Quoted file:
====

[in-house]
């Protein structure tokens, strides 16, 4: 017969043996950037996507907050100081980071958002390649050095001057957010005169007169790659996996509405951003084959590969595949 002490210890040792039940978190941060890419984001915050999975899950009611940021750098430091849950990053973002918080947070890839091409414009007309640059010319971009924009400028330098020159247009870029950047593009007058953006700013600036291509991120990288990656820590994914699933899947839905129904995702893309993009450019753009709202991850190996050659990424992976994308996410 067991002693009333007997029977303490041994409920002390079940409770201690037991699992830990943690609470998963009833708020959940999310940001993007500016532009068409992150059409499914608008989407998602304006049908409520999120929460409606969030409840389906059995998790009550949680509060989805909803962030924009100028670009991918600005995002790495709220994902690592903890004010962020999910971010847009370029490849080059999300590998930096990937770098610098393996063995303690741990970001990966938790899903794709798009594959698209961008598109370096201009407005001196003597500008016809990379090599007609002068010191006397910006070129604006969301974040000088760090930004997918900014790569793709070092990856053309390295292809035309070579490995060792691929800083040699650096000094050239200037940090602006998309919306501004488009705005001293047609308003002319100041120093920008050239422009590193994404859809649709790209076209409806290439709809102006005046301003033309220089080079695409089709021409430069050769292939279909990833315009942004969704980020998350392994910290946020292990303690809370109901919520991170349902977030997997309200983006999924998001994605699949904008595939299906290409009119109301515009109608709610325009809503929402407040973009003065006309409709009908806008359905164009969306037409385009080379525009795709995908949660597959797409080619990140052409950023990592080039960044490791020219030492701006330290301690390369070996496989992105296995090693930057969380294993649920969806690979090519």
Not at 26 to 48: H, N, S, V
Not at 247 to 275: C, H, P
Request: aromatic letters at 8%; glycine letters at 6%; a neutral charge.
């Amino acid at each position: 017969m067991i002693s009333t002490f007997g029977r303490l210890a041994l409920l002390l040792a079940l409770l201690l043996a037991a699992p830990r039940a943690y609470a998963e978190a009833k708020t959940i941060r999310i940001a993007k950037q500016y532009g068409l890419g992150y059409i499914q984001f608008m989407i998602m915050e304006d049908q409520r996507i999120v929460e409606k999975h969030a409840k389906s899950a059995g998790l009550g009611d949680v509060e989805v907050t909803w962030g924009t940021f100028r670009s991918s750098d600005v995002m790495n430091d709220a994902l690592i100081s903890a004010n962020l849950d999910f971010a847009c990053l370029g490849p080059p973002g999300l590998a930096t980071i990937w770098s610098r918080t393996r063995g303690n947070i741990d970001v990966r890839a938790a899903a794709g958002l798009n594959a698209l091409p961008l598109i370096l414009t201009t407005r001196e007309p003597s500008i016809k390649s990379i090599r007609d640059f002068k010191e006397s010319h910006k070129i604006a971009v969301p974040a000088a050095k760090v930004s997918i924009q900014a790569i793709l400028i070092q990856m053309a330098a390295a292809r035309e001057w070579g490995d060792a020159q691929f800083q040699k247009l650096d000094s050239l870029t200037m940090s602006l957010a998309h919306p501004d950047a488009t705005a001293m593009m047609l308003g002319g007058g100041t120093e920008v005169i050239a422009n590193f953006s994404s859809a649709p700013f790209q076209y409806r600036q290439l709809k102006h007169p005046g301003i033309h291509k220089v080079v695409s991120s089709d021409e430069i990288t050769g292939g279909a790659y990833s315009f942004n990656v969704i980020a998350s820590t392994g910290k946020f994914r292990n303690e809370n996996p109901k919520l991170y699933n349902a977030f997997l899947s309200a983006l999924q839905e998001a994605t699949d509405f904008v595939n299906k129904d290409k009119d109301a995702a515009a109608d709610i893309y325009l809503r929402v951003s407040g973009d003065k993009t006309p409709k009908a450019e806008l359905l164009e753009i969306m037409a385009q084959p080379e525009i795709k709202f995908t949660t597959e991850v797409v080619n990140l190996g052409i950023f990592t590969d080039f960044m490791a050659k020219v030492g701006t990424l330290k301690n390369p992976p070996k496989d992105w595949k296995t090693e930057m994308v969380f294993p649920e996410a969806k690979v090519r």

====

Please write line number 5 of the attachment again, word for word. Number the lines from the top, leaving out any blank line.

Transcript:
Request: aromatic letters at 8%; glycine letters at 6%; a neutral charge.